Depressed single mom Adele and her son Henry offer a wounded, fearsome man a ride. As police search town for the escaped convict, the mother and son gradually learn his true story as their options become increasingly limited.
The lives of two lovelorn spouses from separate marriages, a registered sex offender, and a disgraced ex-police officer intersect as they struggle to resist their vulnerabilities and temptations in suburban Connecticut.
A former British Army officer, who was tormented as a prisoner of war at a Japanese labor camp during World War II, discovers that the man responsible for much of his treatment is still alive and sets out to confront him.
A look at the lives of the strong-willed women of the Weston family, whose paths have diverged until a family crisis brings them back to the Oklahoma house they grew up in, and to the dysfunctional woman who raised them.
Life changes in an instant for young Mia Hall after a car accident puts her in a coma. During an out-of-body experience, she must decide whether to wake up and live a life far different than she had imagined. The choice is hers if she can go on.
A depressed mother's husband has left her for she could not bear a second child. Living alone with her only son, she has an unlikely meeting with an injured escaped convict, and reluctantly takes him into her own care. The man proves to be better than his criminal image as the three bond over Labor Day weekend. The only problem? Everyone in town is looking for him.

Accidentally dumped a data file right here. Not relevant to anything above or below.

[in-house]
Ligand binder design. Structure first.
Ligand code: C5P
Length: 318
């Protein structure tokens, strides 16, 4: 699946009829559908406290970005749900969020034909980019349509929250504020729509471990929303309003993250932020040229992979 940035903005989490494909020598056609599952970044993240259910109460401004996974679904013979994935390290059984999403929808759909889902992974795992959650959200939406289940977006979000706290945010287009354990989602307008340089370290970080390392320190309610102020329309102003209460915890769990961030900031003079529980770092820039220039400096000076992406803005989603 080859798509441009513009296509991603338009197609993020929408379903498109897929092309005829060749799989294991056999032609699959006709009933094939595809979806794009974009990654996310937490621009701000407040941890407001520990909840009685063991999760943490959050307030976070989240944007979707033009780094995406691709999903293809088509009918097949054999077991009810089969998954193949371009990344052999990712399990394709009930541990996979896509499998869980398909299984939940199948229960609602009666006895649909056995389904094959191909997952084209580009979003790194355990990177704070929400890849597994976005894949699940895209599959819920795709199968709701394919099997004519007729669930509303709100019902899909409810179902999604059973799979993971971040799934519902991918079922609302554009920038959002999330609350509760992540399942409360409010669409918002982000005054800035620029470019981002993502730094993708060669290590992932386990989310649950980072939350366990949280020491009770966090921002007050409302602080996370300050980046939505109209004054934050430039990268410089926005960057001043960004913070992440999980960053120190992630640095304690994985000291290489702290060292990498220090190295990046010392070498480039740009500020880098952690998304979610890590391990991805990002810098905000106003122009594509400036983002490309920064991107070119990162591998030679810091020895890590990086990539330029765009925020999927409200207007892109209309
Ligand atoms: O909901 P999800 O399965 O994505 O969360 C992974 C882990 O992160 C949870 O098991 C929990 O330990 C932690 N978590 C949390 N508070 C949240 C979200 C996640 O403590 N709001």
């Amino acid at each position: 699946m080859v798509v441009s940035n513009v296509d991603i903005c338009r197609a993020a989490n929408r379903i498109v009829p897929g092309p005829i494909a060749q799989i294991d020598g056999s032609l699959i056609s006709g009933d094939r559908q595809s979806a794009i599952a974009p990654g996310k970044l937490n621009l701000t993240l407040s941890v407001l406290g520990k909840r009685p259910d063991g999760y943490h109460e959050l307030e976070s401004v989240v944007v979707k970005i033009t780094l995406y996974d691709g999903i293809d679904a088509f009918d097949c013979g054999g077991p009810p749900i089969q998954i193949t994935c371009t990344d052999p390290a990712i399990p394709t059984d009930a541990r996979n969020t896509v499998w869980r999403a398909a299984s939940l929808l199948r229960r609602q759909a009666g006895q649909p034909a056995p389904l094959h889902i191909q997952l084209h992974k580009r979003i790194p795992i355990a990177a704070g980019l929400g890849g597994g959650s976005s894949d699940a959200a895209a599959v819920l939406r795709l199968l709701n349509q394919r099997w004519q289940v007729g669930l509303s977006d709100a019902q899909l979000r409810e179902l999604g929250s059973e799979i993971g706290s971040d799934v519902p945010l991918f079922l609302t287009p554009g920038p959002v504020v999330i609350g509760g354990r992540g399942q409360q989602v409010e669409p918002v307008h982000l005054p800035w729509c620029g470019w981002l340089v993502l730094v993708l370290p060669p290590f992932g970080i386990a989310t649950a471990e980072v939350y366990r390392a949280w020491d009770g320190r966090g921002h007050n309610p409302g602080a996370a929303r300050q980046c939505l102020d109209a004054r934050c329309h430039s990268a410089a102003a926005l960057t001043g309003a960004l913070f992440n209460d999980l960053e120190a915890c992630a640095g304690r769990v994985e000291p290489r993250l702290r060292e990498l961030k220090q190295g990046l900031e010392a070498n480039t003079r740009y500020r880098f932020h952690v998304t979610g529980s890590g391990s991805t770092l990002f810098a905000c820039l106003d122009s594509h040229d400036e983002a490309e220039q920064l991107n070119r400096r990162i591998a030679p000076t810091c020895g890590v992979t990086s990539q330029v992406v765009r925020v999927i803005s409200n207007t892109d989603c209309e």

According to the book, the library is open on Sunday because of a book sale. See more »
In the movie, young Henry has brown eyes but in the last few scenes, Henry has blue eyes. See more »
It was just the two of us after my father left. She said I should count the baby he had with his new wife Marjorie as part of my family too. Plus Richard, Marjorie's son. For the most part my mother never mentioned my father, or the woman he was married to now.
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Surprisingly entertaining for this time of movie year.
"I'm a lot stronger than you think." "I don't doubt that." Adele and Frank.
Director Jason Reitman is no stranger to unusual family stories (Juno) or character drama (Up in the Air), so his enjoyable Labor Day is a bit of both without the humor. Because this is January, a dead-zone time for releases, it's even more impressive as an audience-pleasing drama about an escaped convict Frank (Josh Brolin) and a mother he kidnaps, Adele (Kate Winslet), along with her 7th grade son, Henry (Gattlin Griffith).
Let's get the formula out now: she falls in love with her captor and the son willingly learns about life and baseball. The real life, however, is hounding them as the law closes in on their 5 days of "family" bliss. However, the authorities are too slow to stop the best family pie making scene ever, domestic stuff just one of charming murderer Frank's gifts and a Reitman specialty.
Recently Mud is similarly about the coming of age and criminal motif and Revolutionary Road with Winslet about a disintegrating family. Yet Reitman and novelist Joyce Maynard have crafted a story that slowly makes believable the growing love between captive and captor, a relationship helped by the classy acting chops of Winslet and Brolin. Although everyone knows helping an escaped criminal leads to serious jail time, this case actually cuts Adele a great deal of slack in the guilty category. As Reitman slowly reveals their mutually grim backgrounds, we are aware that her needs for the touch of a lover are so acute that even this gamble could be worth the risk.
Although Labor Day comes close to Nicholas Sparks' sentimental claptrap, Reitman preserves everyone's dignity, lets love grow, and ushers a kid into a complicated world of love and dangera labor of love, so to speak, on the film's titular weekend, typically American and hard work: "I sensed my inadequacy," says the adult Henry in voice over. In matters of the heart, we're all inadequate and need films like Labor Day to help us move on.
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